I've learned that publishing books is expensive as hell. As prepared as I thought I was going into the whole situation, printing the actual books is the largest single expense of publishing -- it's all the little shit that adds up to another three, four, five thousand dollars, that really starts to eat away at your dubious lifestyle. It was tough -- it also takes me longer to work on the comic than I thought, because I had set aside about two months to finish up the new material that I was going to do for the book, and it ended up taking me about four months.


What expenses didn't you anticipate?

It's not so much that I didn't anticipate particular expenses, it's that I underestimated almost every single one of them.

The amount of time that it ended up taking to do all of the extra rewards for the Kickstarter program, I felt ate into -- well, a lot of time that I could've been financially recovering from taking four months off from freelance work. Not to say anything bad about Kickstarter that way, it's just that I underestimated how long it would take me to do a lot of that stuff.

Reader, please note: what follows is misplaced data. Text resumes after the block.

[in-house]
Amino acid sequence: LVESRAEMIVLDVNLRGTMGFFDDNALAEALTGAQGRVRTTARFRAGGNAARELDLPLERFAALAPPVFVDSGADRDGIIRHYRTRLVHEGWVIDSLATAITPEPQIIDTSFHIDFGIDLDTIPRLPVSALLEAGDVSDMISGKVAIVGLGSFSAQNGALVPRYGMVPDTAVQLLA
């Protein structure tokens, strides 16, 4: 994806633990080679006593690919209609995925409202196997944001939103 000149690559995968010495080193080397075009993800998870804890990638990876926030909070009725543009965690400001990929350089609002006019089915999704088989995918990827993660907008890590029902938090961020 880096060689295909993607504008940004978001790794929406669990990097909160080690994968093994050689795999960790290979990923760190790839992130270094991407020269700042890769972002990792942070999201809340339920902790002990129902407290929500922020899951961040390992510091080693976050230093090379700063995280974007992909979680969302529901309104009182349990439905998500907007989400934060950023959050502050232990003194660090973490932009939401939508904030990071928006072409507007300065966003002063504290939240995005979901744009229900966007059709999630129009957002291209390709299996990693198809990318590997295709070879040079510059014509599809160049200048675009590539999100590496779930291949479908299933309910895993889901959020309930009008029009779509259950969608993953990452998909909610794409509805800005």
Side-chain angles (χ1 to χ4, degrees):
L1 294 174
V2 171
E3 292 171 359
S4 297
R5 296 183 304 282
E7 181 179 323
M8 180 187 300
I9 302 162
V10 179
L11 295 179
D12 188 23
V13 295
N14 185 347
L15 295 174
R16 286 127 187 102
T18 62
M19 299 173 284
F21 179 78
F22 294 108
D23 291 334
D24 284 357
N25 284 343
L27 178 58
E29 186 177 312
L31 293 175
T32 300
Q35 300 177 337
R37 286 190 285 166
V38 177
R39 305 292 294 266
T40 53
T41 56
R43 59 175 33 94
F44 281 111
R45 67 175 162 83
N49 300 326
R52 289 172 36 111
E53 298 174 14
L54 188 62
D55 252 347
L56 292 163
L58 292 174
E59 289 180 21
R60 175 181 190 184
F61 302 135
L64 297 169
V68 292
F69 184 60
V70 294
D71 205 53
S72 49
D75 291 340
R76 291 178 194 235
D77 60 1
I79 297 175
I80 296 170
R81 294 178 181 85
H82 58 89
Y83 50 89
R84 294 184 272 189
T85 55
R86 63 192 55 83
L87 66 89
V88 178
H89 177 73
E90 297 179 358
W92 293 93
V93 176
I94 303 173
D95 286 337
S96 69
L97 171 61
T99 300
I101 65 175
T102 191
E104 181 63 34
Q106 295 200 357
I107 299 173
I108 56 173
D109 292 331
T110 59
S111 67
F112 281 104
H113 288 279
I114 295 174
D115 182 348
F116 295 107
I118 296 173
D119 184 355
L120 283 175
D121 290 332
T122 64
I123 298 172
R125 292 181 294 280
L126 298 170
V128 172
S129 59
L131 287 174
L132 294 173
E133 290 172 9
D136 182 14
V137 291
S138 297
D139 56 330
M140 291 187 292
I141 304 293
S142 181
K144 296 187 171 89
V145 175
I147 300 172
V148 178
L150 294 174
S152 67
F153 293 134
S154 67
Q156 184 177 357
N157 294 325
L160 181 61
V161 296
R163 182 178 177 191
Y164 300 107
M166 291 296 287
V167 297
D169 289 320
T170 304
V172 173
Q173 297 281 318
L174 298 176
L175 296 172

What were some of the rewards that you ended up doing?

At the lowest level, you could get the eBooks. Then at the $30 level, it was the actual book itself, and I signed that. Then there was an exclusive (almost-exclusive) t-shirt. Beyond that, there were hand-drawn sketches, and vector portraits.

Vector portraits

Custom sketches (Jason as gangster, Becky at Hogwarts)

What were some of the custom things that people asked for? How does that happen?